The Python Way for module configuration?

Hendrik van Rooyen mail at microcorp.co.za
Sun Jun 28 10:59:07 CEST 2009


 "kj" <no.email at please.post> wrote:

> I want to write a module that serves as a Python front-end to a
> database.  This database can be either in the form of tab-delimited
> flat files, XML files, or a PostgreSQL server.  The module is meant
> to hide these database implementation details from its users.
> 
> But, minimally, the module needs to have some configuration details
> to know where to get the data.  There are many ways to provide this
> configuration data to the module, but I would like to know what's
> considered "best practice" for this type of problem in the Python
> world.
> 
> Ideally, I'm looking for a system that is unobtrusive under normal
> operations, but easy to override during testing and debugging.

To pass in configuration to a module, you have basically two
choices:

- Use the command line and sys.argv
- Put the stuff in a file of some sort.

I would not recommend the first option, because it ultimately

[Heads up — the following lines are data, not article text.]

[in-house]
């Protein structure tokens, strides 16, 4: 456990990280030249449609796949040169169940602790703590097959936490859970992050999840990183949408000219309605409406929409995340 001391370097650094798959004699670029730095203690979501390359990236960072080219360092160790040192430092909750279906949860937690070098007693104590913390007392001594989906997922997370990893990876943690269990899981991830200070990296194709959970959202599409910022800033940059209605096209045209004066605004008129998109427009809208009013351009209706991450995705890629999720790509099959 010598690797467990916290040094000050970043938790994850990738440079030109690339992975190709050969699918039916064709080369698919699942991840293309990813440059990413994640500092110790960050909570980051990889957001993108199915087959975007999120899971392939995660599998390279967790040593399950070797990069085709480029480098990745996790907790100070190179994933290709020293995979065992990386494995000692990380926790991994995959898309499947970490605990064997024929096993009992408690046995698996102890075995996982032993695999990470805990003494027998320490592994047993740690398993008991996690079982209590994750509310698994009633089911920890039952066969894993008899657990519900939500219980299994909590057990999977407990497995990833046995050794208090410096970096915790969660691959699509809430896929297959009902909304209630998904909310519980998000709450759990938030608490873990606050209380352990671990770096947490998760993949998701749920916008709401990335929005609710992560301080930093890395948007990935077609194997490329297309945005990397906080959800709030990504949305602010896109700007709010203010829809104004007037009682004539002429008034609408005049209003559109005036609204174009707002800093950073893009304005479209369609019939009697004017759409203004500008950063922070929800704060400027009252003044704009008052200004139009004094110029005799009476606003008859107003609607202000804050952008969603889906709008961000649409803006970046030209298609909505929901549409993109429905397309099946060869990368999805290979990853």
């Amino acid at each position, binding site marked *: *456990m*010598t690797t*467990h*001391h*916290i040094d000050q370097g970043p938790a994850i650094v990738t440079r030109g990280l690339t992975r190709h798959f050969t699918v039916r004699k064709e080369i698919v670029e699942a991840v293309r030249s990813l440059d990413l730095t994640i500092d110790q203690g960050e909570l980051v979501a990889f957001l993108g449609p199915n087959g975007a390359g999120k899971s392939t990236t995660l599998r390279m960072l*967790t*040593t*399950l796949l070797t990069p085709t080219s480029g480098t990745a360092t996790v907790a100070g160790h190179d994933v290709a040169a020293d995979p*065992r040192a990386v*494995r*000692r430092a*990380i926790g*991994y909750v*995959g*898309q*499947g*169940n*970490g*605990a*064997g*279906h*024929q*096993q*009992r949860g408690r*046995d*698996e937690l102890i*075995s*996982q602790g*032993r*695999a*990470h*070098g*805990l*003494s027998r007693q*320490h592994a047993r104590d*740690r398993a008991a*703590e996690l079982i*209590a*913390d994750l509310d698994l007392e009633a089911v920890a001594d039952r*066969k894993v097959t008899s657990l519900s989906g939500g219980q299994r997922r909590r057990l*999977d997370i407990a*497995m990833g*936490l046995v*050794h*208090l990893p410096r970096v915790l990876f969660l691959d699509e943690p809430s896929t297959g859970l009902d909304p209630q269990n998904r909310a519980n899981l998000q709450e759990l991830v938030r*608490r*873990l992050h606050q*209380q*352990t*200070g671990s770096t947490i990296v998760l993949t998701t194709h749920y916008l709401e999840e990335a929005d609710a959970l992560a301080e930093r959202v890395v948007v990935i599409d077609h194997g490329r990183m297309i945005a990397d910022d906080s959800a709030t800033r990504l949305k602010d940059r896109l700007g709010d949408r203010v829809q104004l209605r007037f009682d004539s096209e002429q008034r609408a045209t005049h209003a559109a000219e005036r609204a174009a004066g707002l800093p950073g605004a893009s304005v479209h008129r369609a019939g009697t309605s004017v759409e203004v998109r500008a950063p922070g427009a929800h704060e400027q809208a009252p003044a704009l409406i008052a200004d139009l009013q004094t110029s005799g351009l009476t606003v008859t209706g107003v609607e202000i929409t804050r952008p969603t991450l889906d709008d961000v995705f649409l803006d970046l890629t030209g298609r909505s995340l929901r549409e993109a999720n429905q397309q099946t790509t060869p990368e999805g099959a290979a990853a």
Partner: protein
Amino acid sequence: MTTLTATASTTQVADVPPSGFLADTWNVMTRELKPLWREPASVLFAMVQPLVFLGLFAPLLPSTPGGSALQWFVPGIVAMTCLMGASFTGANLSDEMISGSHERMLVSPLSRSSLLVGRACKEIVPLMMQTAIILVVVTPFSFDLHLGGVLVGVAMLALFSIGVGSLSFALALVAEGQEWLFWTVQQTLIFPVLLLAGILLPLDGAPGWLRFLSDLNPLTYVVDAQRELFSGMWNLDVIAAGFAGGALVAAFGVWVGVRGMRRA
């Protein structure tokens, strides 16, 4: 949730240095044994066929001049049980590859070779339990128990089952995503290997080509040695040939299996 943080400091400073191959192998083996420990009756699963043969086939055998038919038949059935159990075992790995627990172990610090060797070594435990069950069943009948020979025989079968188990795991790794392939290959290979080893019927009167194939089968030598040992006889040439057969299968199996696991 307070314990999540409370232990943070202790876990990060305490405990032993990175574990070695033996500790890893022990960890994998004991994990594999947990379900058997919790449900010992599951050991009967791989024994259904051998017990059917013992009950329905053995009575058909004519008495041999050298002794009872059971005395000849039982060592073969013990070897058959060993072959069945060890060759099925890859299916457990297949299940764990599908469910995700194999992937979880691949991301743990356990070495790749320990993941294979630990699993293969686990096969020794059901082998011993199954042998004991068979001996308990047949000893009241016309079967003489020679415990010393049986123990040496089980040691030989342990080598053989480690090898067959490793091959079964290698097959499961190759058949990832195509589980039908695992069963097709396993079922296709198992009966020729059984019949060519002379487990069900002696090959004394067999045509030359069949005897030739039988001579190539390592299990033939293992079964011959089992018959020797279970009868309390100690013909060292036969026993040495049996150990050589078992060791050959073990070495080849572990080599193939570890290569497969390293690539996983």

ends up as an abomination such as we can see with gcc, where
it has spawned over elaborate systems of makefiles to tell
it how to do something - so we are back at a file, in any event.

So the questions become - how do you organise the file,
and how do you get hold of the stuff in it.

You have been pointed to configparser, and others.

You can also do a simple thing, as a module gets executed
upon import.  If your parameters are simple, this may be the
easiest way of doing it, namely to just write the bunch of
them down, all in a configuration.py file, like this:

P1 = 7
P2 = 42
alloweds = [john,mary,sally]

Then where you want to use them, you do the following:

import configuration as cf

if cf.P1 > 3:
   do something

if suspect in cf.alloweds:
   let user in
else:
   print "Go away you fiend from the nether regions"
   sys.stdout.flush()
   sys.exit()

if not cf.P2 == 42:
    print "The end of the universe has arrived - hide!"
    while True:
        pass

Do not forget that you can put a dictionary
there to handle more complex stuff.

You can also get fancy and put whole classes
of data into such a file.  In what I do, I have
never felt the need for that.

You get the drift (I hope)

- Hendrik






More information about the Python-list mailing list